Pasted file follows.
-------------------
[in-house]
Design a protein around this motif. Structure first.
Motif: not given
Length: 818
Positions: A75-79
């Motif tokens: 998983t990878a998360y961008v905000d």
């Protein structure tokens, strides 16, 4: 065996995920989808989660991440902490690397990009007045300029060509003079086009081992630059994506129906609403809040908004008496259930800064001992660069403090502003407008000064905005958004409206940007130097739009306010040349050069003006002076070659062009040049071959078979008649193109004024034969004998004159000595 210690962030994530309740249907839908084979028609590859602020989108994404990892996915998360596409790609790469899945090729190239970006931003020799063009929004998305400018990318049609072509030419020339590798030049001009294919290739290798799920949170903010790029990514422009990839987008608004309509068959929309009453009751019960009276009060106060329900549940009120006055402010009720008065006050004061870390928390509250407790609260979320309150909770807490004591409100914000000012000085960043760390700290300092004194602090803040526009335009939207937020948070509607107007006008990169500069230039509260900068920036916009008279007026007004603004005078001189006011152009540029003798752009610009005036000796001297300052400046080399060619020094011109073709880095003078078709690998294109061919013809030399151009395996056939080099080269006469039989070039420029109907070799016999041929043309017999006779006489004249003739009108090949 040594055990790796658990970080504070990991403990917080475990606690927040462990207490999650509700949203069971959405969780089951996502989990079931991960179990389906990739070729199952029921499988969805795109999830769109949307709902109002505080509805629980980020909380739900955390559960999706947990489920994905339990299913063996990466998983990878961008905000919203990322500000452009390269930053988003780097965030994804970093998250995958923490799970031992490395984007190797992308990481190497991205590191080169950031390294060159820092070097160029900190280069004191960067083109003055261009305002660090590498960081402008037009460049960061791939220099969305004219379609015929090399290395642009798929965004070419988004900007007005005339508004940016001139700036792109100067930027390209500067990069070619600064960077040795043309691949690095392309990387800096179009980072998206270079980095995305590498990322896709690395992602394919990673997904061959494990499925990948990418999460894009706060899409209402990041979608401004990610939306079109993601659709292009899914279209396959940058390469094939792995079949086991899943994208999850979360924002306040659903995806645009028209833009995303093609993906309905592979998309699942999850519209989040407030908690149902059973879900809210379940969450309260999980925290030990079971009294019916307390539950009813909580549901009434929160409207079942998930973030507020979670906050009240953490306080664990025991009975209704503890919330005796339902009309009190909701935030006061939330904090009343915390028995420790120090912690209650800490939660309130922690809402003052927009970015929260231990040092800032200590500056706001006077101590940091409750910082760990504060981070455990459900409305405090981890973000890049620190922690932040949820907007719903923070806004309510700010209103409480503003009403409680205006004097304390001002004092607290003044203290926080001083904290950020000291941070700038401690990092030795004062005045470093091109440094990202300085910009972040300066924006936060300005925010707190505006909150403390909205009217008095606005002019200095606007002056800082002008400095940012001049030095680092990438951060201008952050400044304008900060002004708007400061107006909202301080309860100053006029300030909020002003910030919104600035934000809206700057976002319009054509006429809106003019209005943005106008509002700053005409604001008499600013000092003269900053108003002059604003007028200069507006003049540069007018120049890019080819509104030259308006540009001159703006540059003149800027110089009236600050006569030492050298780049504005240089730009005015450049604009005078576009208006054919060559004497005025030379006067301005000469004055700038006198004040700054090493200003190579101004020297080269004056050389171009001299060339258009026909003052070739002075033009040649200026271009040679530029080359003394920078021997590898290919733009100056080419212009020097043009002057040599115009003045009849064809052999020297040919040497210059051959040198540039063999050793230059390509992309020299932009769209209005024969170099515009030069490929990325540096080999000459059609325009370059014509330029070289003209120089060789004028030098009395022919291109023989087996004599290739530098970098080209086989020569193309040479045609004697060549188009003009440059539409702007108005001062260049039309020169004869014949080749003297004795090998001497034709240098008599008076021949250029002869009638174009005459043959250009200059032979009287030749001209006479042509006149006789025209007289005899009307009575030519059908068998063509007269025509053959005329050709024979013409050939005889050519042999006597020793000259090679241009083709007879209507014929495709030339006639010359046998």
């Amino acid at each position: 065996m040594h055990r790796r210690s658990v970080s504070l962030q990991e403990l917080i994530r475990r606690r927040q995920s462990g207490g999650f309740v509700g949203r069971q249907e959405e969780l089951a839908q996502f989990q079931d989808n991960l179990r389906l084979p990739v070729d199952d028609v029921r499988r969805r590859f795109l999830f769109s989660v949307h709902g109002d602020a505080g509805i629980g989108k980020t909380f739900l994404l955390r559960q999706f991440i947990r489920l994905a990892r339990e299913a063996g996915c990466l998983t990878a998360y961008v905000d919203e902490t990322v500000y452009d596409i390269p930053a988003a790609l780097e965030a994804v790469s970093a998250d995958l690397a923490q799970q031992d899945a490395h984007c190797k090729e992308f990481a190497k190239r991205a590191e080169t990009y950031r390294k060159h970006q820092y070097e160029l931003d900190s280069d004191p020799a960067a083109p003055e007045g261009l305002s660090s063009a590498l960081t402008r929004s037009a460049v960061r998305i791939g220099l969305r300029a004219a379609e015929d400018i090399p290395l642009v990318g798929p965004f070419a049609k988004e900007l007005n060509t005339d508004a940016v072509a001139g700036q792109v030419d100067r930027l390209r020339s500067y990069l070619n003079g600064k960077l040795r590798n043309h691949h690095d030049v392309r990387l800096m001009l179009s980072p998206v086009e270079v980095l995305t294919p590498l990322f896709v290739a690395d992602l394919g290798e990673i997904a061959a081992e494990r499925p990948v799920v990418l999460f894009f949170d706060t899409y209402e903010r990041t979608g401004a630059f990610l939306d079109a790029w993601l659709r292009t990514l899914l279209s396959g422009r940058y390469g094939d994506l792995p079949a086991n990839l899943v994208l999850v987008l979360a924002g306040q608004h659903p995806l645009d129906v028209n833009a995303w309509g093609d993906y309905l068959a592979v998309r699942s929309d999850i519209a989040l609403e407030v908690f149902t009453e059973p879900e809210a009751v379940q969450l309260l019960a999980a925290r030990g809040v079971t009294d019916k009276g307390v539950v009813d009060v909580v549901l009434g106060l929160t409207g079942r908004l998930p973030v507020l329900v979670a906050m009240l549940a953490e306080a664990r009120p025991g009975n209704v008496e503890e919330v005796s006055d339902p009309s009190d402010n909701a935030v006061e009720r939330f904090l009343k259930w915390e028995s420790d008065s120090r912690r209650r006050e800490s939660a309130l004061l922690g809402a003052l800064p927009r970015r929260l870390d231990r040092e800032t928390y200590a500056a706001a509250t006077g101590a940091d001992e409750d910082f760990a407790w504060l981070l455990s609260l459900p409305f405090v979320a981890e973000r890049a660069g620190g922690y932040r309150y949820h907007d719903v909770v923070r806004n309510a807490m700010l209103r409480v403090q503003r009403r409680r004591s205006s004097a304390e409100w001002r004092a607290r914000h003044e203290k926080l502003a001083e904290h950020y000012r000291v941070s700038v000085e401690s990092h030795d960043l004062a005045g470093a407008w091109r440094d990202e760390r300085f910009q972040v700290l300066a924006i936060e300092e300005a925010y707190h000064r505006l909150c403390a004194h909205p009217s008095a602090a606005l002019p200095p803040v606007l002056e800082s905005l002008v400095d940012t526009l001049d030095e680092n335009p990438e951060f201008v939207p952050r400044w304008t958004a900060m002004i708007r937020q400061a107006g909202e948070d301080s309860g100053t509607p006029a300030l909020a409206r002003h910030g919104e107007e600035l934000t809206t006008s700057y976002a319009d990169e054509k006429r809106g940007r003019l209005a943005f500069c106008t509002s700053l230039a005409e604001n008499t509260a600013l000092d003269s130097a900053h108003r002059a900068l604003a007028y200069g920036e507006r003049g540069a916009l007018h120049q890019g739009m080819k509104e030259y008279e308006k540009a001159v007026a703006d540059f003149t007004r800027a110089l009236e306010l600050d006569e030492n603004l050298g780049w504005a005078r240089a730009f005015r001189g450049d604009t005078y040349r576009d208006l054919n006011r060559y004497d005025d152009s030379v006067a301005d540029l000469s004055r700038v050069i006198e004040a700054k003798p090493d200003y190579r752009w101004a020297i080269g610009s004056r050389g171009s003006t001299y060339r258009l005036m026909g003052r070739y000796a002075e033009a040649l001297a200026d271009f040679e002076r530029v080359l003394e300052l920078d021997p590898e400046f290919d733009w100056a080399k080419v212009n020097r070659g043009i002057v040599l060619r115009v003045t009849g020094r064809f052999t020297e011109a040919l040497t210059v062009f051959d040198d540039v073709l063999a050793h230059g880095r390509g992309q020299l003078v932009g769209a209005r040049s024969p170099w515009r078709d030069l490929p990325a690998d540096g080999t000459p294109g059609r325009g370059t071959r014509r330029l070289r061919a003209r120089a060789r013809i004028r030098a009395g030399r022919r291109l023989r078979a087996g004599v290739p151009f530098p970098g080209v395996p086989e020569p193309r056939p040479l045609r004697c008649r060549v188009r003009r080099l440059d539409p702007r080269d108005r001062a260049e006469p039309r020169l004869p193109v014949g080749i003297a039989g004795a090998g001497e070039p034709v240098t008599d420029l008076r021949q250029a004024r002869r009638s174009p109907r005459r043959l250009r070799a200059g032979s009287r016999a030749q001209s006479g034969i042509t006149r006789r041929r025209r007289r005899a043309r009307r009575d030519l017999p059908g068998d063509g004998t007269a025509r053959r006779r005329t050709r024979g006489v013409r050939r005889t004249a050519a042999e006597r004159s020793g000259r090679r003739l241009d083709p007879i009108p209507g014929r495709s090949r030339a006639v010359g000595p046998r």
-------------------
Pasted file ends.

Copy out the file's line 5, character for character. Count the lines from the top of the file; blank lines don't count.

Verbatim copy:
Positions: A75-79